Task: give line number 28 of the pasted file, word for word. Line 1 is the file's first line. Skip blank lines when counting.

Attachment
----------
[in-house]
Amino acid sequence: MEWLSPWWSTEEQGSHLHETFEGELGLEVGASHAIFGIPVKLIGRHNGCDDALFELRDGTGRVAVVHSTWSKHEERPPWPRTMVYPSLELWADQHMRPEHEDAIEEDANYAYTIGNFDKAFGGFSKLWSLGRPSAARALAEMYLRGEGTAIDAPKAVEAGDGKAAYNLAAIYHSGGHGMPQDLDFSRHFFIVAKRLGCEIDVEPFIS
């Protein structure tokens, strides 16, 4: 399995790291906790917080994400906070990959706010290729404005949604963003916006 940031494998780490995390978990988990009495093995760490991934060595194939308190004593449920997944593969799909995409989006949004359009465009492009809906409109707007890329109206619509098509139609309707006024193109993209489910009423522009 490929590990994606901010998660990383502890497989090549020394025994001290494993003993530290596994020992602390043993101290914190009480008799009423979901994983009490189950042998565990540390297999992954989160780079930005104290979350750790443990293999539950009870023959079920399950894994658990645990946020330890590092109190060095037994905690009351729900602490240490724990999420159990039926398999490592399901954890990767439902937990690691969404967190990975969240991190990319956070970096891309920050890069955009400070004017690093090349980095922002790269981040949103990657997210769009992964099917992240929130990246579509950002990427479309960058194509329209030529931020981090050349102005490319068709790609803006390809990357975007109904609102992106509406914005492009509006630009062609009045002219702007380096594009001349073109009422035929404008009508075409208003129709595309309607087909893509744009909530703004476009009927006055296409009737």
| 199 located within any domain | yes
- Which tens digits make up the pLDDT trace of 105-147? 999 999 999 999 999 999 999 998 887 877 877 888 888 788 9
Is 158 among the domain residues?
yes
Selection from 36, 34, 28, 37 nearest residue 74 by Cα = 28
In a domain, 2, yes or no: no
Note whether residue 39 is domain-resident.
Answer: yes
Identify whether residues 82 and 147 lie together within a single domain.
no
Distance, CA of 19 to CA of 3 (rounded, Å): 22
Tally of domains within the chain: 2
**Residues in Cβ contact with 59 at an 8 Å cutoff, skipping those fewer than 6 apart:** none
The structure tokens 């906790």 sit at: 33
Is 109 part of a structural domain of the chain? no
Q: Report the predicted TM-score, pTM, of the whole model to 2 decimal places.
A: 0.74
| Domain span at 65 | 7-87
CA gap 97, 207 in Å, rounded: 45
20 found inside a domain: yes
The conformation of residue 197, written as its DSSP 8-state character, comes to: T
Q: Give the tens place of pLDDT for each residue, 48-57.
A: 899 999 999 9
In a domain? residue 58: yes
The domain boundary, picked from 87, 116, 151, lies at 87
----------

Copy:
The domain boundary, picked from 87, 116, 151, lies at 87